An Unbelievable Atmosphere
Braydon Coburn and the Flyers can sense the excitement around Philadelphia for the 2012 Winter Classic
If you've already played in the NHL's annual outdoor game dubbed the Winter Classic, it might not hold the same feeling as it did the first time around. Just don't tell Braydon Coburn that.
It was two years ago when Coburn and his Philadelphia teammates took on their Eastern Conference rival the Boston Bruins in the Winter Classic, losing a hard-fought 2-1 overtime game at historic Fenway Park in Boston.
While the venue and opponent has changed (Citizens Bank Park, home of Major League Baseball's Philadelphia Phillies, with the New York Rangers the opposition), the excitement of taking part in the NHL's most unique experience isn't lost on Coburn.
“It's something you mark on the calendar and something you get more and more pumped up about as it gets closer,” said Coburn, in a recent interview with NHLPA.com, in regard to the fifth annual contest that goes at 1 p.m. ET on January 2, 2012. “All of the guys are excited. Everyone has their own attachment to playing outdoors. But even if they are different stories, everybody is really looking forward to the chance to be part of something special.”
But for Coburn, who grew up in Western Canada, he doesn't need thousands of cheering fans to get geared up about playing the game outdoors.
“I was lucky enough to be able to play lots of outdoor hockey when I was young,” said the eighth overall selection of the Atlanta Thrashers in the 2003 NHL Entry Draft. “It was always fun. It would be me and my three brothers out there all day.”
Coburn, who played major junior hockey with the Portland Winter Hawks of the Western Hockey League (WHL) and was awarded the Jim Piggott Memorial Trophy as rookie of the year for the 2001–02 season, laughs when he recalls a typical day on the outdoor rink.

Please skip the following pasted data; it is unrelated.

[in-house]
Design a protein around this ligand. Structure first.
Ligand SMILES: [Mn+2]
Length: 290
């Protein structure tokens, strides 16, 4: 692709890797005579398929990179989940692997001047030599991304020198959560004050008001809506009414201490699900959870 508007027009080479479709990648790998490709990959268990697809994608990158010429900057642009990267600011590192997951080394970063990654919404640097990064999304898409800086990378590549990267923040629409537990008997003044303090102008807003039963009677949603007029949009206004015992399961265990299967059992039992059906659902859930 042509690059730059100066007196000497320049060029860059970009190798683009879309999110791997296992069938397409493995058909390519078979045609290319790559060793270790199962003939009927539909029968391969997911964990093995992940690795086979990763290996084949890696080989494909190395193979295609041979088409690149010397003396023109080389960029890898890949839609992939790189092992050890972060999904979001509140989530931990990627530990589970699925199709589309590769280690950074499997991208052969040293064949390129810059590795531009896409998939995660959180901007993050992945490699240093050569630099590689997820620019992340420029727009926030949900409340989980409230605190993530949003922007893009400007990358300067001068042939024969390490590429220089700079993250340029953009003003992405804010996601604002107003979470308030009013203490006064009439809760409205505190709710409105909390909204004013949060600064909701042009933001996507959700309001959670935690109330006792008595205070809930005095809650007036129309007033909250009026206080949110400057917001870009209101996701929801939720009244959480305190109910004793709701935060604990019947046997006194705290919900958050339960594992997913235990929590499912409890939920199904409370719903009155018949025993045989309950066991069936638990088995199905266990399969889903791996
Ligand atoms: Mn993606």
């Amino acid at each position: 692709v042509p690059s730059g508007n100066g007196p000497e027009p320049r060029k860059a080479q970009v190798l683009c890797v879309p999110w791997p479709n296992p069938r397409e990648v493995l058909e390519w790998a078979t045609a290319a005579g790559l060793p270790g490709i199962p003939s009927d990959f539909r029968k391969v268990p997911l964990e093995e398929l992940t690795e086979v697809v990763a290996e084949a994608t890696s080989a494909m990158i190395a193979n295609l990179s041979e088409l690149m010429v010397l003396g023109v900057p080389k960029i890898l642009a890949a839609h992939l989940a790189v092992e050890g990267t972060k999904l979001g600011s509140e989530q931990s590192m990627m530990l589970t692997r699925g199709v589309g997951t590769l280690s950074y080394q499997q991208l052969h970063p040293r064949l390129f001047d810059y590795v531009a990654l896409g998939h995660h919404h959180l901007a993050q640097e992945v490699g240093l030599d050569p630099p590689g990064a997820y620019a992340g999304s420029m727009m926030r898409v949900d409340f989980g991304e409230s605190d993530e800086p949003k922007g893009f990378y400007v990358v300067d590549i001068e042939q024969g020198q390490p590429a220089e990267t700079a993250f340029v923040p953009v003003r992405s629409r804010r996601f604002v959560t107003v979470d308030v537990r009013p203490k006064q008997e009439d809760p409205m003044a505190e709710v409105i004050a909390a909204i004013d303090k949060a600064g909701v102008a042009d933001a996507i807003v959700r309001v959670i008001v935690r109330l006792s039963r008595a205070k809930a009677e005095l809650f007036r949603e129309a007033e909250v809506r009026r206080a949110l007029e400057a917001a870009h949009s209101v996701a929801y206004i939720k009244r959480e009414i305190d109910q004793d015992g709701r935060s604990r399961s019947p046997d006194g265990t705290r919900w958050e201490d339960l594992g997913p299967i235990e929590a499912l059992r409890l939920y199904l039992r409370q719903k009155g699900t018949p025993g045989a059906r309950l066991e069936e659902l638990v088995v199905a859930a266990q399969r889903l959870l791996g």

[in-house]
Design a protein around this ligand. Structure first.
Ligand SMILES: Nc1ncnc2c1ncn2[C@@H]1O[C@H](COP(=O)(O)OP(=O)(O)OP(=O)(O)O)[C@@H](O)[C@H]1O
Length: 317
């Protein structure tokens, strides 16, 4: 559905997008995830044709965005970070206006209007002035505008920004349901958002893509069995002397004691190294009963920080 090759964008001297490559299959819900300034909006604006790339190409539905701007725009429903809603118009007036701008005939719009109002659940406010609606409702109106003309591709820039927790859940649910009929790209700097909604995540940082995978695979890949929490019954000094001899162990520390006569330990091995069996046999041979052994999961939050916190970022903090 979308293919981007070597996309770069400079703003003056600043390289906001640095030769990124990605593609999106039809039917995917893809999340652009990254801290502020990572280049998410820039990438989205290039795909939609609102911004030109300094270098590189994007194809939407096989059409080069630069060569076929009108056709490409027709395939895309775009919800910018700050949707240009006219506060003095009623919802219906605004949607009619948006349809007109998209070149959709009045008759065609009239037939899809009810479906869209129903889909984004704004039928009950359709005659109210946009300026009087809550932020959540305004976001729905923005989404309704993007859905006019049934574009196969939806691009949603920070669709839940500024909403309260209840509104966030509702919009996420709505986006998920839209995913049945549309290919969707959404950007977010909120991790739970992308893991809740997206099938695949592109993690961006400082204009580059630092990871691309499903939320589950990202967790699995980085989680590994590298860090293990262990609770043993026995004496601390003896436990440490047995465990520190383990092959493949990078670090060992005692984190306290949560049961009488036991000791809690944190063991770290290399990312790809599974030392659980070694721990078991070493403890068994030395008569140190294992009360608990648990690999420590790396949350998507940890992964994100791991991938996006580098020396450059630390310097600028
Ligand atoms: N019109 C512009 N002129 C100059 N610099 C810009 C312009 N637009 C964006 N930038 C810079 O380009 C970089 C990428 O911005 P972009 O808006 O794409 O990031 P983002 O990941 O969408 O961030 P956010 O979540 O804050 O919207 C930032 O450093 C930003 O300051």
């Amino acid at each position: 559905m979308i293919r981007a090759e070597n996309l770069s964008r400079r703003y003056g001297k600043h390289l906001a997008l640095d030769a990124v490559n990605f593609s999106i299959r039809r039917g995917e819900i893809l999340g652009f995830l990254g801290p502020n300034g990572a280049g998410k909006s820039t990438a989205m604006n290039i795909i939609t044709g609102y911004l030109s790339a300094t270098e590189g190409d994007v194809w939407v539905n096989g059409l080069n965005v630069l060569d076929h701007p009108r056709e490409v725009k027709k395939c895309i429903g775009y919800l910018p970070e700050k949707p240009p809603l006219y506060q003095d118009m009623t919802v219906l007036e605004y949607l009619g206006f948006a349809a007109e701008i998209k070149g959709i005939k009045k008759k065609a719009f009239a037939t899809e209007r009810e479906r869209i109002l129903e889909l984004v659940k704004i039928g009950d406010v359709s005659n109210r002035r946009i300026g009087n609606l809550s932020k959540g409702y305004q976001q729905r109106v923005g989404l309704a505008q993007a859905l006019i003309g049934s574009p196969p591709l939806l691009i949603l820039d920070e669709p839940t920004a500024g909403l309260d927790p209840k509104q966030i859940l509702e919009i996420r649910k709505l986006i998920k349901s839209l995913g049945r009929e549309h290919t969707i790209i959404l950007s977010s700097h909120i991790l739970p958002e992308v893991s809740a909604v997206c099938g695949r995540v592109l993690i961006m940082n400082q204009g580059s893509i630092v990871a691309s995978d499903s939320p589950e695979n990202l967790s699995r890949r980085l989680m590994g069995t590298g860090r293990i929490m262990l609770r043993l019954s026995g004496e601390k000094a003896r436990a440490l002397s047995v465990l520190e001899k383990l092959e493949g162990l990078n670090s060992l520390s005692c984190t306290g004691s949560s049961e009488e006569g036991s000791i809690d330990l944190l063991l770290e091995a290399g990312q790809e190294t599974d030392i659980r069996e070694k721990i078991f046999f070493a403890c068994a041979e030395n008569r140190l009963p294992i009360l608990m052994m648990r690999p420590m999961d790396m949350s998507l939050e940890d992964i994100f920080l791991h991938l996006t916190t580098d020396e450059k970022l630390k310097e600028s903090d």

“Well, with four brothers (Braydon is the oldest), it would always end up with someone crying and there was always at least one fight,” offered Coburn, who was awarded the WHL's Doug Wickenheiser Memorial Trophy in 2004 as humanitarian of the year. “We'd be out there nearly every day, for a long, long time. I don't think my mother minded at all. I'm sure she saw it as she'd rather us be out there wreaking havoc, then being inside and creating all kinds of mayhem and mischief.”
Last year, Coburn was able to head back home for a few days during the Christmas break in the schedule. Not surprisingly, he found himself donning his skates under the backdrop of a winter sky.
“We had a three-hour match with family and friends,” remembered Coburn, who was dealt on February 24, 2007, at the trade deadline, to the Flyers in exchange for defenceman Alexei Zhitnik. “It was so fun. It's become a Christmas tradition. We open presents, then go out skating. We also do some snowmobiling, too. It's nice to go back and be able to relive those earlier times.”
As for the upcoming Winter Classic, Coburn knows that playing a game that is out of the ordinary compared with the rest of the 82-game schedule doesn't alter the importance of the contest.
“Obviously, it's a unique setting,” said the blueliner, who has appeared in 80 or more games the past three campaigns. “It's an opportunity you cherish, but it's also two points you need. You don't want to look back at any game and realize two points drastically altered your season.”
Still, Coburn can't wait to get out on the ice for his second shot at a Winter Classic win.
“It could rain, snow, there could be a crosswind, you just never know what you could be facing when you play in this game,” said Coburn, who has appeared in 54 NHL playoff games. “But that's what you love about this game and playing outside. You don't know what it will be like.”
Coburn, who'll have family and friends in the stands on January 2, isn't the only who is counting the days until the puck drops.
“Just from talking to people I know, reading the newspapers and watching TV, you get the sense everyone is really excited about it,” noted the 26-year-old. “I'm happy for the fans, too. There is a great tailgating-type mentality at football and baseball games here in Philadelphia. That atmosphere will be unbelievable on game day.”
A game that will be twice as nice for a player who knows a thing or do about playing in the great outdoors.